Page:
• Ugly molding ?
    • Ugly hardware?
    • Ugly or unnecessary doors? 
    • Unnecessary frou frou? Pillows?
Easy Fix #4
More Take-Aways

Industrial, wire and metal pieces are hotter than ever. 
Imagine my delight when I saw these wire baskets!

When I asked how much they were, 
I thought the price they quoted was for one basket.

The price was for ALL FIVE BASKETS. 
They are the perfect size to hold 
extra TP or hand towels and can be
perched on the back of the porcelain facilities.

I can guess why I got them so cheaply:
rickety bamboo rimming the top edge of each basket
was coming off of some of them. They were "broken." 


I didn't want bamboo on my industrial TP baskets!

I used tin snips to cut through the bindings, 
removed the bamboo and they look totally industrial now!

Subtraction could be my favorite subject!

Way back in design school, we had
one lesson I'll always remember:

Sometimes even more so.

Future Easy Fix:
See these little shutters with 
dated fabric shirred inside them?
They're up for a remake soon. 
I plan to sand or strip them a bit, 
and remove the dated floral fabric.
I'll replace it with something WAY cooler. 
Maybe drop cloth...burlap... 
vintage lace or even hardware wire! 

Q - Is there something missing or broken that could easily be replaced?
    • Broken mirror or glass?
    • Hardware, knobs or feet?
    • A missing drawer or door?
Easy Fix #5
Options for a broken mirror

I THINK this was probably a mirror.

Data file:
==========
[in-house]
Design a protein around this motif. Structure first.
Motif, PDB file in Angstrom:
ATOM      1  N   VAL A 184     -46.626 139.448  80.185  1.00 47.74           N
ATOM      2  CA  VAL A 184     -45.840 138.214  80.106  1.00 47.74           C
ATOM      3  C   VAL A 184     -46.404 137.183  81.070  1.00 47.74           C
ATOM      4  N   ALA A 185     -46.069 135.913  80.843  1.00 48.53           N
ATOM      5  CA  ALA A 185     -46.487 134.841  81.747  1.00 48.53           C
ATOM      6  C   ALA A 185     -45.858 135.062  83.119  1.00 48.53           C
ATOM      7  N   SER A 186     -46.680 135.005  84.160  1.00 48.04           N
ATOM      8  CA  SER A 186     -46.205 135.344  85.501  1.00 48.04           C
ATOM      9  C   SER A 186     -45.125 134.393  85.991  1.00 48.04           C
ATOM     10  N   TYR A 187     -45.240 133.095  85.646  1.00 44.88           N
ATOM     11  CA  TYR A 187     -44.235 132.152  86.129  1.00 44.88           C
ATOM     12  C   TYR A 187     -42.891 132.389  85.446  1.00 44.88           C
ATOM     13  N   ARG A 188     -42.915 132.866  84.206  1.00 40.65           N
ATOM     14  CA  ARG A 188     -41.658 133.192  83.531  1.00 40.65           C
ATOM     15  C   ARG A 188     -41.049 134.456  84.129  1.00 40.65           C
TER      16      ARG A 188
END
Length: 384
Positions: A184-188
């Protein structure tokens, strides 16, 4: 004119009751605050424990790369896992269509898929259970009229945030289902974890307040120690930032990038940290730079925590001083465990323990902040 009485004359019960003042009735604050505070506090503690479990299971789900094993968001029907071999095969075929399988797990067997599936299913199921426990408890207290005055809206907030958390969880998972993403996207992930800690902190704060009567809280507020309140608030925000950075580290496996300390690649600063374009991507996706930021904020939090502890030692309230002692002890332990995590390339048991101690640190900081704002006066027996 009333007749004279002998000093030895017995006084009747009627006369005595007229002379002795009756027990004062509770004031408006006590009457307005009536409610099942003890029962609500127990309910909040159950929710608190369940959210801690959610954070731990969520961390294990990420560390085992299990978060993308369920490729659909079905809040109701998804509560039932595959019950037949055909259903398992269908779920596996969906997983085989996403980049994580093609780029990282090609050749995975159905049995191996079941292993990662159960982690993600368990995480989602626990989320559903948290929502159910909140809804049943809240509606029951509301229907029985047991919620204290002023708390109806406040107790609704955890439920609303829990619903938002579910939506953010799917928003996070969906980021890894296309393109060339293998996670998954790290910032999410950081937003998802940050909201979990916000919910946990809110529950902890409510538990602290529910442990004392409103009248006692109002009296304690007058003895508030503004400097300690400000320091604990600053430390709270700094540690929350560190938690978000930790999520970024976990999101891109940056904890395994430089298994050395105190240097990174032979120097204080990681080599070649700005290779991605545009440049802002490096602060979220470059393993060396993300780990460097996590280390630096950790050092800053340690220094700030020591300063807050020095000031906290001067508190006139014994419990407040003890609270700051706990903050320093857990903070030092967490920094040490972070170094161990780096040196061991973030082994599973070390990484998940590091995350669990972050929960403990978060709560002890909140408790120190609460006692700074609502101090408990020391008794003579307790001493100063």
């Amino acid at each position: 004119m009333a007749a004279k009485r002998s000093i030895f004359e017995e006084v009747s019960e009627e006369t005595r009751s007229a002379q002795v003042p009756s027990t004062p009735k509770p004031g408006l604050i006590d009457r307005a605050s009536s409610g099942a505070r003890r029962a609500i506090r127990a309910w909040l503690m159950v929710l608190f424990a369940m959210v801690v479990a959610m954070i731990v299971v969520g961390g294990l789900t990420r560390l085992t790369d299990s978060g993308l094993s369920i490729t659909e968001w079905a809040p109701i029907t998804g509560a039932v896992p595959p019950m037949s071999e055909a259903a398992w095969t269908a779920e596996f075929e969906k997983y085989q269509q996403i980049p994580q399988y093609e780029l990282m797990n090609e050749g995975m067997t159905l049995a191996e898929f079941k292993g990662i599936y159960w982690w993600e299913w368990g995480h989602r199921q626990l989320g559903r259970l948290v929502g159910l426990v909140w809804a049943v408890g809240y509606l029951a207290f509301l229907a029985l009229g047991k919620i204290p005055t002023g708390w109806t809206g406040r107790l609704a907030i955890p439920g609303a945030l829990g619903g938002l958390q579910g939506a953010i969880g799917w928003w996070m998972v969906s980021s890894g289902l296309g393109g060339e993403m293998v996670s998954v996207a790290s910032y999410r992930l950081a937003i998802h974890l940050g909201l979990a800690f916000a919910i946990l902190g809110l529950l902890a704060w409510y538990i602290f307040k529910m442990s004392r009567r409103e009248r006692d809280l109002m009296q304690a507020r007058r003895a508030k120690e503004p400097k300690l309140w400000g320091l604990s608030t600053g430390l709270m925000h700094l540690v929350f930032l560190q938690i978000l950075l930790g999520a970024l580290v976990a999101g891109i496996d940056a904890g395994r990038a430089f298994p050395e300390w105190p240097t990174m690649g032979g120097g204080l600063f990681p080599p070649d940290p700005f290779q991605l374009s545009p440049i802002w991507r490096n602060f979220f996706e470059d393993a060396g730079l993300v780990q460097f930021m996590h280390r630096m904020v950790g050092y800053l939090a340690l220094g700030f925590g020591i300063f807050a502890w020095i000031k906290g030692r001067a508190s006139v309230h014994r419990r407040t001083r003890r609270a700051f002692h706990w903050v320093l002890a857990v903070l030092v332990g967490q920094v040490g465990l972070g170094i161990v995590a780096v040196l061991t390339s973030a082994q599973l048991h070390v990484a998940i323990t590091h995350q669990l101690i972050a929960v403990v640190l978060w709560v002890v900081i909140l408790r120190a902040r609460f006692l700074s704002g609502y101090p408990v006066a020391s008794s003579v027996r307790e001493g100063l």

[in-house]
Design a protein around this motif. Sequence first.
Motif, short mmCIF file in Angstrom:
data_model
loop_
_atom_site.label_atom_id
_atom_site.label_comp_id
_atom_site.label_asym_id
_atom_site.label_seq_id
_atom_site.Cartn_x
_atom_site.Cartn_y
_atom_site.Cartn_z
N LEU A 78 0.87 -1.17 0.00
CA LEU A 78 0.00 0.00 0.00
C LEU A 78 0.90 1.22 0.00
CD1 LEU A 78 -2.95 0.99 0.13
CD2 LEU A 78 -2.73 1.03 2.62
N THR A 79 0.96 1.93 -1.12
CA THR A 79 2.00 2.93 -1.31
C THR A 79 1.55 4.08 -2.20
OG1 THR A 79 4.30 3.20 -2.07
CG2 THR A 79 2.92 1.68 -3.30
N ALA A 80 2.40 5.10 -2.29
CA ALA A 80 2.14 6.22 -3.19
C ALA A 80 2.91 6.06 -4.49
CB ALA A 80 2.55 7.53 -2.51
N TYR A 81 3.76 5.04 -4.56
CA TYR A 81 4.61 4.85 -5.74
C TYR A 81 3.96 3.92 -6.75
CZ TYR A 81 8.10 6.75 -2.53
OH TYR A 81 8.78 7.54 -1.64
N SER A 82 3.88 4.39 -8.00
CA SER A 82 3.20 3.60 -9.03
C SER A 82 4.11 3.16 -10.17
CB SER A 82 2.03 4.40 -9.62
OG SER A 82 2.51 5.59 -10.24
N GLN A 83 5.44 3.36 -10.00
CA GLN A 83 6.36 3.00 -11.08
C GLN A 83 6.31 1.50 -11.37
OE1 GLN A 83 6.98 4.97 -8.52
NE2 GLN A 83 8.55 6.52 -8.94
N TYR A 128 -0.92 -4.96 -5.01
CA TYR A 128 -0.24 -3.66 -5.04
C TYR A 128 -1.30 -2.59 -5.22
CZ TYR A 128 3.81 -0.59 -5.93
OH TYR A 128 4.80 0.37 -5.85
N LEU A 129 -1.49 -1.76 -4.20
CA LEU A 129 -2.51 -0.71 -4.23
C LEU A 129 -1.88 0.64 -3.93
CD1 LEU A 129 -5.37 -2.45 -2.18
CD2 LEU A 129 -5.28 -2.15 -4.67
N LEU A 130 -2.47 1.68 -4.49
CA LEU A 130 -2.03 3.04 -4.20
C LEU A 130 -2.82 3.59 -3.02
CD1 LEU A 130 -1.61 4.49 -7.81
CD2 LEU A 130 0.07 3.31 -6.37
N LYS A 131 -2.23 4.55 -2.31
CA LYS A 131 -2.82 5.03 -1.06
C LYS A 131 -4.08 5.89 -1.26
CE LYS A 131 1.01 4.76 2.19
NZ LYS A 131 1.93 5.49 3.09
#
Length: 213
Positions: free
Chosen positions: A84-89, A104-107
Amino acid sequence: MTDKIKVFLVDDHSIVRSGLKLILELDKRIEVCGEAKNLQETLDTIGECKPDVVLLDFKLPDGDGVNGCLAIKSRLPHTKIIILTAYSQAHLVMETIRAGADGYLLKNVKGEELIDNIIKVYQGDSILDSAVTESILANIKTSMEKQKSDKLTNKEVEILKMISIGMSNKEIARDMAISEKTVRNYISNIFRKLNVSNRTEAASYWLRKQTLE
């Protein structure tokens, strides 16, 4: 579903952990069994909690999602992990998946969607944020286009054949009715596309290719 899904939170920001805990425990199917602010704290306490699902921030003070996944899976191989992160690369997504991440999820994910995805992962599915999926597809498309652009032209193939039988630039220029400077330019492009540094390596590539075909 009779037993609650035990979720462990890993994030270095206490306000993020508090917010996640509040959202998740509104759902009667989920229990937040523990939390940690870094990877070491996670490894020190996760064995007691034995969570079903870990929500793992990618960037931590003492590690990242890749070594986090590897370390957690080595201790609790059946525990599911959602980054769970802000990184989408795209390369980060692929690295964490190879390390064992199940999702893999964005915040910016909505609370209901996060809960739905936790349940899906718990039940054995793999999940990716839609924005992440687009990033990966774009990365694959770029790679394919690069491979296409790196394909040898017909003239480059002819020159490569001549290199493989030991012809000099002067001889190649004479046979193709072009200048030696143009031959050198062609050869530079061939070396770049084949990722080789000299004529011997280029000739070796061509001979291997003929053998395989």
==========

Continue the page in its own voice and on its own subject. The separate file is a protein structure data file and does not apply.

I like the simple detail on the top edge...

Considering my options...
I could have a new mirror cut for a few dollars, 
Or I could use some CHALKBOARD PAINT!!!


If you find a cool old mirror frame, 
there are LOTS of options, 
including cork, book pages, even white board paint!
Check out Pinterest for more ideas.

Easy Fix #6
Chipped wood corner shelf
(This is the first real fix - 
but it was easier than I thought.)

This sweet vintage corner shelf had a broken piece. 
I didn't notice it at the thrift store, and bought it.


When I took a closer look at home,
I cringed. At first I was sorry I bought it, 
though it only cost a few dollars. 

But, with nothing to lose, 
I decided to try to cut the unbroken 
side and match it to the broken one. 
It was easy. I did it with a cheap pocket knife. 
Then I sanded and painted it. 


If I hadn't told you, you'd never know 
it wasn't designed to look this way!

One note of caution:
Check it out. 
A wobbly chair may not be an easy fix. 
A missing door might be easy.

More Considerations for EASY FIX PROJECTS:
  • Don't pay much for anything broken, in case it doesn't work to fix it. 
  • Ease into your projects - start small and easy.
  • Consider your skill level and the tools you have.
  • A successful EASY project is inspiring. A difficult project can leave ANYONE feeling defeated and uninspired to try new things.
  • Do you have friends with skills and tools? Offer to barter for lessons.
  • Check out Google and YOU TUBE. There are How To's for anything there! (Just proceed cautiously...)
Word for the Day:
Isaiah 61:4
They shall build up the ancient ruins; 
they shall raise up the former devastations; 
they shall repair the ruined cities, 
the devastations of many generations.